The dinner meeting turned sour when Clarke held up a form that Owen had prepared to help establish and track case priorities, according to sworn statements each lawyer later filed in court.

Here’s how Clarke described what happened: “I stated matter-of-factly that he did not know enough to be the leader of the team and that he needed to relinquish control …. I explained that the attorney on the team with the least experience should not be in control of the case.”

Hunt remembered it this way: “Ms. Clarke told Mr. Owen that he should not be setting priorities and didn’t have enough experience to make decisions about priorities.”

Owen recalled Clarke saying: “You are too stupid to set priorities and don’t have enough trial experience to make any decisions.”

Montgomery’s defense team sputtered on until April 2006, when U.S. District Judge Gary Fenner removed Clarke after hearing complaints about conflicts.

Hunt dropped out a few weeks later, saying she needed more control over the case’s budget.

But the loss of Clarke, who now defends Boston Marathon bombing defendant Dzhokhar Tsarnaev, devastated Montgomery’s chances to avoid the death penalty, her current appeals lawyers have argued.

Fenner has defended his decision to remove Clarke but acknowledged in a court filing last summer that defense issues early on were “messy” and “difficult.”

“It was all very unpleasant,” he said.

Because the appeals case remains undecided, lawyers who represented and prosecuted Montgomery declined to comment for this article. Their written recollections of the case are on file with the court, however.


Federal appeals courts upheld Montgomery’s conviction and sentence in 2011.

The current brawl is happening in the little-noticed world of secondary, or “collateral,” death penalty appeals. In a collateral appeal, new attorneys working for the condemned are encouraged to tear apart the work of defense trial team members and prove they did a poor job.

Those beleaguered defense lawyers often find that their fiercest advocates become the very federal prosecutors who put their clients on death row.

Assistant U.S. Attorney Roseann A. Ketchmark, for example, described the arguments of Montgomery’s latest appeals lawyers as the “second-guessing” of hard-working trial attorneys who faced an almost impossible job.

“Montgomery gave her defense team virtually nothing to work with,” Ketchmark wrote in court filings.

Few cases are overturned on “ineffective assistance of counsel” claims, which routinely are filed in death-penalty cases, experts said. The standard is very high because courts start their examination by presuming that the lawyers are effective.

But the U.S. Supreme Court has, in recent years, made it a little easier by requiring death-penalty lawyers to fully investigate their client’s personal history, said Richard Dieter, senior program director at the Death Penalty Information Center.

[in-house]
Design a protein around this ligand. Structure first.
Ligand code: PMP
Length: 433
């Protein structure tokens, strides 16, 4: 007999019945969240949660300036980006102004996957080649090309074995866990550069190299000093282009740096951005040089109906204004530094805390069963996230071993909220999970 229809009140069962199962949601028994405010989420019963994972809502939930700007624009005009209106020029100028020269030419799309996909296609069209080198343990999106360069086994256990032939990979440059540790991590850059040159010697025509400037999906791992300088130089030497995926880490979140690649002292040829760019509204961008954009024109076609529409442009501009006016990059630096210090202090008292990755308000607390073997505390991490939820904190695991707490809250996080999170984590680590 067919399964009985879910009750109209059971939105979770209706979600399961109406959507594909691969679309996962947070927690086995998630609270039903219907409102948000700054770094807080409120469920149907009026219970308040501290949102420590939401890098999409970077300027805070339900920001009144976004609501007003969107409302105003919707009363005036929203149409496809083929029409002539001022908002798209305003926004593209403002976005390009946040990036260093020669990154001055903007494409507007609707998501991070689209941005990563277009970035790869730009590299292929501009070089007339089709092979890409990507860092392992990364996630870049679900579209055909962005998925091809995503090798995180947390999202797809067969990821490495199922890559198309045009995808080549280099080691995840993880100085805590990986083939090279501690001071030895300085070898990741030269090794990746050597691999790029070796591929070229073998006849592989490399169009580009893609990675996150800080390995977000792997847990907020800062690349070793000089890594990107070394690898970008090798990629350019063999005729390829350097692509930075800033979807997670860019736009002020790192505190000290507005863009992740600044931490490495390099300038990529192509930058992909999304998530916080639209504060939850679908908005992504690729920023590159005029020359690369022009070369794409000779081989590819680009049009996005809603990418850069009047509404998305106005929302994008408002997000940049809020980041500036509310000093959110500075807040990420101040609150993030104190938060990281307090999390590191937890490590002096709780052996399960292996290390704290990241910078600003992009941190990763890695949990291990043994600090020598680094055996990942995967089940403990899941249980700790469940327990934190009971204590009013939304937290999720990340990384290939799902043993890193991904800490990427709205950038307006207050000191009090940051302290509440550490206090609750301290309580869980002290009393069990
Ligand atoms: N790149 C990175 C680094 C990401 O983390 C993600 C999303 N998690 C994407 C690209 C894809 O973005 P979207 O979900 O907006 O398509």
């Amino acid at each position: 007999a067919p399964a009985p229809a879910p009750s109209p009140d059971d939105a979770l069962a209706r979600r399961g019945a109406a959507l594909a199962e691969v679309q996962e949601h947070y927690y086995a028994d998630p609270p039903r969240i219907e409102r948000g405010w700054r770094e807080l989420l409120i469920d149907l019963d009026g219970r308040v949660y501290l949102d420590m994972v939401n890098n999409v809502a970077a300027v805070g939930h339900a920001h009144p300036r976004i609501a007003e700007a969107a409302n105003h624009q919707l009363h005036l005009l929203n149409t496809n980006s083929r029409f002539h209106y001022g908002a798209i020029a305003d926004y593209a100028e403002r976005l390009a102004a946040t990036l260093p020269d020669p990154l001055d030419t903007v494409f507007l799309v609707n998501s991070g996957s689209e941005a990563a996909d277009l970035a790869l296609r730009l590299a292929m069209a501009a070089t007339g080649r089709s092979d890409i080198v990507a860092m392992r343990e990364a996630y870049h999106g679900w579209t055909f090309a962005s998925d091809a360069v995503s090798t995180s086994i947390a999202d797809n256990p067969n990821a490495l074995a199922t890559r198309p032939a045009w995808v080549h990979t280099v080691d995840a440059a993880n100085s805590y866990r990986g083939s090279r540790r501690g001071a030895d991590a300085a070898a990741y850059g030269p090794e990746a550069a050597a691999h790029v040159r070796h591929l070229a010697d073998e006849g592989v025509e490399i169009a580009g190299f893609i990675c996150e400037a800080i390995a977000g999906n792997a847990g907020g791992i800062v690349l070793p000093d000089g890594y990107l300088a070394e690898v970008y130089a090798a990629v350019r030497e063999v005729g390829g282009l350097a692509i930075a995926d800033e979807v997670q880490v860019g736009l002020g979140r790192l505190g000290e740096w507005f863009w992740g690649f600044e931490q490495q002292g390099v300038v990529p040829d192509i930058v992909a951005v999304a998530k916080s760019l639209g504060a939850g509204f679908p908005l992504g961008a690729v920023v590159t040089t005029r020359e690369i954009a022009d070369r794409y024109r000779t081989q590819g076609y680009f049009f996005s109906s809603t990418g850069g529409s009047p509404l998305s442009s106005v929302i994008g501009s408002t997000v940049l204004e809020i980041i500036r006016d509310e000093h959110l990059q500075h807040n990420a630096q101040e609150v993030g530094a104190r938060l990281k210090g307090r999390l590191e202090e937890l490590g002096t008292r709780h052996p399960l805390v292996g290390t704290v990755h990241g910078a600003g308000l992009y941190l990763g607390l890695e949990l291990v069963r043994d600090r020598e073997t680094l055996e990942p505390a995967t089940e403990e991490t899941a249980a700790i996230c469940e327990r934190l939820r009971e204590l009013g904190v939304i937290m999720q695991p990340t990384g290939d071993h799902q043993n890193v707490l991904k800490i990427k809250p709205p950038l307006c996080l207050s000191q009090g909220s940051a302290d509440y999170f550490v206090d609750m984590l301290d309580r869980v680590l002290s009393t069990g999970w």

If the attorneys fail to do that, their client could get a new trial, or perhaps a new sentencing hearing where lawyers can present new evidence and argue against the death penalty.

The rigorous federal system has resulted in few executions, Dieter noted. Only three federal prisoners have been executed since 2001.

“The federal courts expect high levels of performance,” Dieter said. “There haven’t been very many federal executions.”


In May 2006, with trial more than a year away, Fenner appointed two new lawyers to assist Owen with Montgomery’s defense. With the selections of John P. O’Connor and Fred Duchardt, some would argue that she was represented by a local “dream team.”

O’Connor, a former prosecutor, had established himself as one of Kansas City’s most successful, “go-to” criminal defense lawyers.

Duchardt, though less well known, had tried more than a dozen capital cases.

Immediately they explored a medical condition called pseudocyesis, which eventually formed the heart of the insanity defense O’Connor and Duchardt offered when trial opened in October 2007. Pseudocyesis is a mental condition, often accompanied by physical symptoms, in which a person believes they are expecting a child when they are not carrying a baby.

Montgomery, who had undergone a tubal ligation, was driven by pseudocyesis and an unhealthy stew of other issues to stalk Stinnett on the Internet and then kill her, the defense argued.

But later, after Montgomery had been sentenced to die, her appeals lawyers hammered the trial team for relying on “the exotic and misguided” pseudocyesis defense.

Instead, they should have told “the true story of Lisa Montgomery’s life, her history of abuse and her mental illness and brain damage,” wrote appeals lawyer Lisa Nouri in a 238-page motion seeking a new trial.

Duchardt and prosecutors replied that jurors heard much of that history, though not packaged quite the same way suggested by Nouri and the other appeals lawyers, Christine Blegen and Kelley J. Henry.

Indeed, Duchardt pushed, without success, to admit even more evidence about the condition of Montgomery’s brain, a point that should count in his favor, said Deborah Denno, a capital punishment researcher at Fordham University.

Courts now expect lawyers to pursue that kind of evidence, Denno said.

“The fact that he was bringing in neuroscience evidence speaks well for him,” Denno said. “He’s a sophisticated lawyer.”


Just when Fenner will rule on whether Montgomery received effective representation is not clear.

But as Fenner noted in a filing last summer, Montgomery’s legal bills for this appeal are nudging close to a $550,000 cap he established earlier.

To cut costs, he trimmed one lawyer, Blegen, from Montgomery’s appeal team.

That move elicited a rare personal response from Montgomery, who wrote in an affidavit that she was concerned about more turmoil.

“The news that the court is trying to take away one of my lawyers has shaken my confidence in how my case will be handled from here on out,” Montgomery wrote.